Chair season 2013
I have a soft spot for dilapidated chairs. Whether it's at Goodwill or a garage sale, I can't seem to pass up an old chair with potential.
This means, much to my spouse's dislike, that we must work around, move, and store these (often) useless and (almost always) ugly chairs, sometimes for long periods of time, before we can find the time to restore them. I say "we," but my part is really limited to the acquisition, the (sometimes dubious) vision for what we can do with it, and the upholstery (if there is any).
Byron is the restorer of chairs. He takes them completely apart and then with sand paper, pocket screws, and epoxy he puts their pieces back together and patiently gives them an attractive finish. And, le voilà!, a new piece of functional furniture appears.
Chair rehabilitation in Seattle occurs only during the time of year when it's warm enough to putter around in the unheated garage and when the Mariners can be listened to on the radio while doing chair work. So, you can see, chair season is really April - September. (Of course there is always hope of a post season.)
This chair season has turned out to be a particularly productive one.
It began with a very sad chair that our friends Alex and Sarah discarded in their last move -- a molded plywood chair whose plywood was delaminating. Although Byron had threatened to toss it a dozen times given its seriously compromised state, I somehow convinced him it was the right chair for our entry if it could be spiffed up a bit. So . . . Byron tackled it. He peeled off layers of wood and sanded down others, got some new hardware, and then sanded a lot more before finally painting it a shocking yellow color. I think it's exactly right.
After that chair, Byron was reenergized. Mostly, I think he just wanted to use the new paint sprayer again. But whatever. Next he next tackled two very broken chairs that we had claimed from his dad's basement before he moved in with us several years ago. Byron remembers the chairs being used in their home when he was a kid. Turns out, the chairs have been in his dad's family as long as anyone can remember (and Herman's 89, so that's a long time). He thinks one of them belonged to his father, Gottlieb, before he married Ageneta Siemens sometime before 1920. That puts them roughly in the neighborhood of 100 years old.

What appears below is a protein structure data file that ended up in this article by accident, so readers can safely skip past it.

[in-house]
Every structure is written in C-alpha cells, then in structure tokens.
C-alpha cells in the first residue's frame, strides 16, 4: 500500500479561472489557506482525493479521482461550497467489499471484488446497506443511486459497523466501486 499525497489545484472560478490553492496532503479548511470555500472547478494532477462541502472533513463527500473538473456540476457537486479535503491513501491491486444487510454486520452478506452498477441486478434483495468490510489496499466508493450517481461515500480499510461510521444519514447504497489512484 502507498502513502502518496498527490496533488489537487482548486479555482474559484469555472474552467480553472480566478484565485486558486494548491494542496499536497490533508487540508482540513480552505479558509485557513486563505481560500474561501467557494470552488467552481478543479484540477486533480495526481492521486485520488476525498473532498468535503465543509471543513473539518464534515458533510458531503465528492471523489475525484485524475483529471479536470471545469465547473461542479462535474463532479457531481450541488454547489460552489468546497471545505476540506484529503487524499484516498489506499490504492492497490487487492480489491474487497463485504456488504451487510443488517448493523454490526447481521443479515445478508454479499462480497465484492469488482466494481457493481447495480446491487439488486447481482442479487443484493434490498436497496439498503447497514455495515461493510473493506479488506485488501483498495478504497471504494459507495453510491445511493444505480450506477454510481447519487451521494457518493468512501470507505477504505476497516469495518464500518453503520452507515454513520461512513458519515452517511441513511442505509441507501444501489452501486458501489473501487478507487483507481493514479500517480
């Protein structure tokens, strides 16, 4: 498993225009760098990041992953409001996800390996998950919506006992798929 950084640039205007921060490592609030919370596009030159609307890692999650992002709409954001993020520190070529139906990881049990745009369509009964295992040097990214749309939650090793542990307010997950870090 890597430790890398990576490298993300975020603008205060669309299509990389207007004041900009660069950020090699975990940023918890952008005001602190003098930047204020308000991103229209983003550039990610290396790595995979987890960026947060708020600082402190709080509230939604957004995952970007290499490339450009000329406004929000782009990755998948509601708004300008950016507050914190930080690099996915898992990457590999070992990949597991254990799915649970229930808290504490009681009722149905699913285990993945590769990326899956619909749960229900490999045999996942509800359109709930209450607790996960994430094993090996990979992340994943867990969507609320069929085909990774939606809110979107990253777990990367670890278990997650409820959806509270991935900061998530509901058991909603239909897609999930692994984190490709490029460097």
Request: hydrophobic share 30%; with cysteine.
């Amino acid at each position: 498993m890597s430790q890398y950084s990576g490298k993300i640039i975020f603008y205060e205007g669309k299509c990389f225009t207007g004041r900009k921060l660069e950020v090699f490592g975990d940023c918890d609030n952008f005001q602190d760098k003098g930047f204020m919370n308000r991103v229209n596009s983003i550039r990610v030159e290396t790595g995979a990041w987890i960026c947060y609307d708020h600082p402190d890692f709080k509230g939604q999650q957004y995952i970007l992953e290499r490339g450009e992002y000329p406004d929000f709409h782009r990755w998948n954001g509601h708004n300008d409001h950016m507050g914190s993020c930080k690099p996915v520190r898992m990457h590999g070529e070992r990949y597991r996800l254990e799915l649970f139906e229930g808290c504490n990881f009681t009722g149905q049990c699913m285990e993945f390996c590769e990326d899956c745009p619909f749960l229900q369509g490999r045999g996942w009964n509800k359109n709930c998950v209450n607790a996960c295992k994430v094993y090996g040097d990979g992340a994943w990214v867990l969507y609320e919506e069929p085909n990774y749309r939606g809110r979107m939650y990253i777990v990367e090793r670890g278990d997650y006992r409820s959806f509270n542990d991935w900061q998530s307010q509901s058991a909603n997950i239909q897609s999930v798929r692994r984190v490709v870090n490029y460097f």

The chairs had different issues -- one had a split down the middle of the seat; the other couldn't hold any weight. But after Byron worked his magic, which generally involves a lot of epoxy, he had them back together and ready for use. Their original robin's egg blue color (which I really liked) was in bad shape and had to go, so they received a coat of the jolting yellow paint we had a gallon of. Somehow Byron managed to fix them up while retaining much of their antique character. They joined the dining room to be employed as extra seating when necessary and to just look pretty the rest of the time.
This spring we finally gave them attention like sanding and applying some Tried & True, plus more tightening and shoring up. Now they are super strong and the wood looks nicer. AND, drum roll please, I finally upholstered all of the seats to match -- something I have wanted to do since 2005. My upholstery skills are limited a staple gun and scissors, and I used fabric I bought by the yard at IKEA a year ago. Mismatched and all, I'm quite pleased with how they turned out.
Most recently, Byron also fixed up and painted two small chairs for Wyatt's room. One of them was Byron's when he was a child. The other we picked up at an charity auction a few years ago. Both needed some structural attention and also needed to have all traces of the old paint removed and/or covered. We went with a bold and deep blue color, which looks good with the white and blue and orange already in Wyatt's room.
The chairs get constant use at his art table. Of course, they also get dragged across the room and put to use reaching the top shelf of the bookcase or climbing onto the hamper . . . or the dresser. We occasionally pull them out on the deck when we need a kids' table for dinner, too.
|(Gratuitous shot of cute kids.)|